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Manitoba History: Review: Rosa Bruno-Jofré and Natalia Aponiuk (editors), Educating Citizens for a Pluralistic Society

by John C. Lehr
Geography Department, University of Winnipeg

Number 46, Autumn/Winter 2003-2004

This article was published originally in Manitoba History by the Manitoba Historical Society on the above date. We make it available here as a free, public service.

Please direct all inquiries to webmaster@mhs.mb.ca.

Rosa Bruno-Jofré and Natalia Aponiuk (eds.), Educating Citizens for a Pluralistic Society, (Calgary: Canadian Ethnic Studies, 2001), 251 pp., ISBN 0-9683327-1-4, $15.00 paper, $20.00 cloth.

Since Confederation the central institutions of Canada have been concerned with creating citizens who subscribe to some central though as yet poorly identified ideals of what is Canadian. In the nineteenth century when the Canadian West was in the process of being settled by polyglot immigrants, there was a firm conviction that becoming Canadian entailed the denial of any non-British heritage. For “foreign” immigrants to become Canadian meant that they adopt the attitudes and social mores of the mainstream; become English speaking, Protestant and loyal to the British crown. Schools were seen as the vehicles to promote notions of nationhood and to inculcate the values of the Anglophile ruling elite. In school, pupils were subject to an approved curriculum using officially approved textbooks taught by officially certified teachers who were overseen by officially appointed inspectors and tested by officially organized exams all with the aim of producing loyal Canadians. Little has changed in the last hundred years or more. Schools are still seen as vehicles to promote citizenship. We still expect children to speak one of the national languages to be familiar with our national literature and to be aware of the nation’s history and geography. Education was, and arguably still is, a vehicle to promote ideological and cultural homogeny. Canadians are not always born; they can be created.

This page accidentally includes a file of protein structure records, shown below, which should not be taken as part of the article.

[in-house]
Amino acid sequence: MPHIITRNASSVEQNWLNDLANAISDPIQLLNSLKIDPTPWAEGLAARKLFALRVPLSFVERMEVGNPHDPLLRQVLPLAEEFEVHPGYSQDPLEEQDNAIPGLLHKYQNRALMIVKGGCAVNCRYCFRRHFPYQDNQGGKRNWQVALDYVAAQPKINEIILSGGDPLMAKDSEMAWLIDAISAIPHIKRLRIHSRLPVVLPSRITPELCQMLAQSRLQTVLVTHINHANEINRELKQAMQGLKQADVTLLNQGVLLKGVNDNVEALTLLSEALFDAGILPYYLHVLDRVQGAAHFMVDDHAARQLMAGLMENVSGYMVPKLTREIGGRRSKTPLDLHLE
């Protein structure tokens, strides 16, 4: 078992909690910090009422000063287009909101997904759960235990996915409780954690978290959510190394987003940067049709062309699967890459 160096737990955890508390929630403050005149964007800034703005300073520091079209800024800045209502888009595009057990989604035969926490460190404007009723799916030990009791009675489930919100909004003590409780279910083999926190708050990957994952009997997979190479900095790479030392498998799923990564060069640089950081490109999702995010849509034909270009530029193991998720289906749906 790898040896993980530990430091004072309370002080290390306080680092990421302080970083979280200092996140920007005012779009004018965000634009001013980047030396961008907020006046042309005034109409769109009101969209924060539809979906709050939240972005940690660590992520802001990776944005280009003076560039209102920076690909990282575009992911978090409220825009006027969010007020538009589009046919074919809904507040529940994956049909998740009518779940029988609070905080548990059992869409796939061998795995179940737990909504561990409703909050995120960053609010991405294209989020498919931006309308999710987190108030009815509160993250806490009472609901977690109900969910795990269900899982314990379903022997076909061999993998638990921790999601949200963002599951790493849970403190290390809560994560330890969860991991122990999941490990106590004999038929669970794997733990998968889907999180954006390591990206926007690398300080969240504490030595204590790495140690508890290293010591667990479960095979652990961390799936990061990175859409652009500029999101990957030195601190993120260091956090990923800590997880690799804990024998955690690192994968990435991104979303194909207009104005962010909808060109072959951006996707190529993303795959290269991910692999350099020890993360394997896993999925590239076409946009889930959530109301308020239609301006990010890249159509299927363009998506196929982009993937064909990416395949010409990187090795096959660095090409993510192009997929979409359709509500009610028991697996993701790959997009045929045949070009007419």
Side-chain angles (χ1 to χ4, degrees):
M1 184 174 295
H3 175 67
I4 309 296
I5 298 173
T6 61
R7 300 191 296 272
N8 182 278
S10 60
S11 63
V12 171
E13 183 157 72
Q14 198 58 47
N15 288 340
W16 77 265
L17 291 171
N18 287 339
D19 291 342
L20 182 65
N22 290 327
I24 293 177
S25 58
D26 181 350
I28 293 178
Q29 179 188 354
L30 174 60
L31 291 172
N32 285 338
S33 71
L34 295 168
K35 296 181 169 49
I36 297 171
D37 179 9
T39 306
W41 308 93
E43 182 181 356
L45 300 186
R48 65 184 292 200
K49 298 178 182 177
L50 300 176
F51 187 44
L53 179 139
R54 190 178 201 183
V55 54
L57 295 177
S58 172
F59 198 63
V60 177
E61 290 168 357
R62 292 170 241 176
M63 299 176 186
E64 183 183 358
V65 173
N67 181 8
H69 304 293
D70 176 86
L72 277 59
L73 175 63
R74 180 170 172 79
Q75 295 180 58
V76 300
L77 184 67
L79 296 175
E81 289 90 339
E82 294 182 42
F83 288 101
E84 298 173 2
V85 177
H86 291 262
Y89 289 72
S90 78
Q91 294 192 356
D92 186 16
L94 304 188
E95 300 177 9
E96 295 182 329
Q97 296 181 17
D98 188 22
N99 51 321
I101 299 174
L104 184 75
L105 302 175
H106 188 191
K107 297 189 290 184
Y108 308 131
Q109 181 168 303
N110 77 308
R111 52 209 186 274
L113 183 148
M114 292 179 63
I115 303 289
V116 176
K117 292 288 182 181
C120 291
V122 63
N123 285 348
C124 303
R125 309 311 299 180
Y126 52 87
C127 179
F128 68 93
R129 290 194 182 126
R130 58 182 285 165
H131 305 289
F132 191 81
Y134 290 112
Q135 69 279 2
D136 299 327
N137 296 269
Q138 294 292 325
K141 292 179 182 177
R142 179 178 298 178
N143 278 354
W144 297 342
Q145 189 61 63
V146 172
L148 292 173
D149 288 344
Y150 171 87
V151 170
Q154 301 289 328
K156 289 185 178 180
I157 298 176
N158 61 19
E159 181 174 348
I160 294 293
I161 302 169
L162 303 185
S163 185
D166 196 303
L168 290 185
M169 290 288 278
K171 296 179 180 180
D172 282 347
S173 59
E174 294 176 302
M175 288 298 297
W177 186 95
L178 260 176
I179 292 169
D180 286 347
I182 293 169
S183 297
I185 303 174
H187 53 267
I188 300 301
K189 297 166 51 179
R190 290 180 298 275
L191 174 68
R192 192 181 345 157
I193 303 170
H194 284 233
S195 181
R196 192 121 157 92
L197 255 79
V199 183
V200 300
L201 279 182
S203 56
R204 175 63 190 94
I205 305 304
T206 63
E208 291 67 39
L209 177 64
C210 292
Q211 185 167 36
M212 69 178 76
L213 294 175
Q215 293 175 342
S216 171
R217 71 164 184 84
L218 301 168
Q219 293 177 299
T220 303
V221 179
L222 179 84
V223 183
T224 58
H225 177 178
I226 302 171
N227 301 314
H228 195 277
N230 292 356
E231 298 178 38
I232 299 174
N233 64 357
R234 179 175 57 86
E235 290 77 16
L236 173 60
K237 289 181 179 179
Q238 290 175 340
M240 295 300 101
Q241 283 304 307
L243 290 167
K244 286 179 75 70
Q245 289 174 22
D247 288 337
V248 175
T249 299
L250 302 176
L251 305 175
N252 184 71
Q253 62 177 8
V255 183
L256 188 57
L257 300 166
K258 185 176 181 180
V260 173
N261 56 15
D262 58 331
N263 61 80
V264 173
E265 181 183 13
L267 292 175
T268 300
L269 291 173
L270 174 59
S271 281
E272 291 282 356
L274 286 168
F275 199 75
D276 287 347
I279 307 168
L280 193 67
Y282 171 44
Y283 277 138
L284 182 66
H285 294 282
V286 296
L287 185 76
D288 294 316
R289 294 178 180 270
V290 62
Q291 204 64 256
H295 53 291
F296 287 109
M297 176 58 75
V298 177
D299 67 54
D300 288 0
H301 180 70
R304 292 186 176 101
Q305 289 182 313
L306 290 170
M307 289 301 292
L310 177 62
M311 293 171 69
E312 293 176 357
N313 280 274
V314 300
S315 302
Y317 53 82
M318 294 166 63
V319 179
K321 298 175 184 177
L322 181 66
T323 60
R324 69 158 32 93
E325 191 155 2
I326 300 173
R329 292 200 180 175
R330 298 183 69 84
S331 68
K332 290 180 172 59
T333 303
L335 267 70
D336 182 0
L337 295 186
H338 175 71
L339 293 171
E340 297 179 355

This volume edited by Rosa Bruno-Jofré and Natalia Aponiuk addresses the ways that Canada educates its citizens for a new society that is based upon recently adopted values of cultural pluralism. As the editors remark in their introduction, there is a need to deal with a new acceptance of diversity and situate the dynamics of inclusion and exclusion in light of the ethnic characteristics of the new wave of international migration into Canada. Furthermore, diversity is now entrenched into any consideration of the national question in Canada because Quebec and the Aboriginal First Nations add a special dimension to being Canadian. The debate has thus shifted over the past century and in many ways has become more complex. In recent decades the market economy has come to penetrate almost every aspect of life in Canada, including the educational system, which is by no means immune from its effects.

The present volume presents ten chapters or articles that address various aspects of this important debate. Their genesis lay in a research project entitled “Educating Citizens for a Pluralistic Society,” in which the chapter authors were involved. All are distinguished educators, most of whom are based in Manitoba and hence many write from a Manitoba perspective. All address issues that are of national concern even if their particular focus is upon a Manitoba example.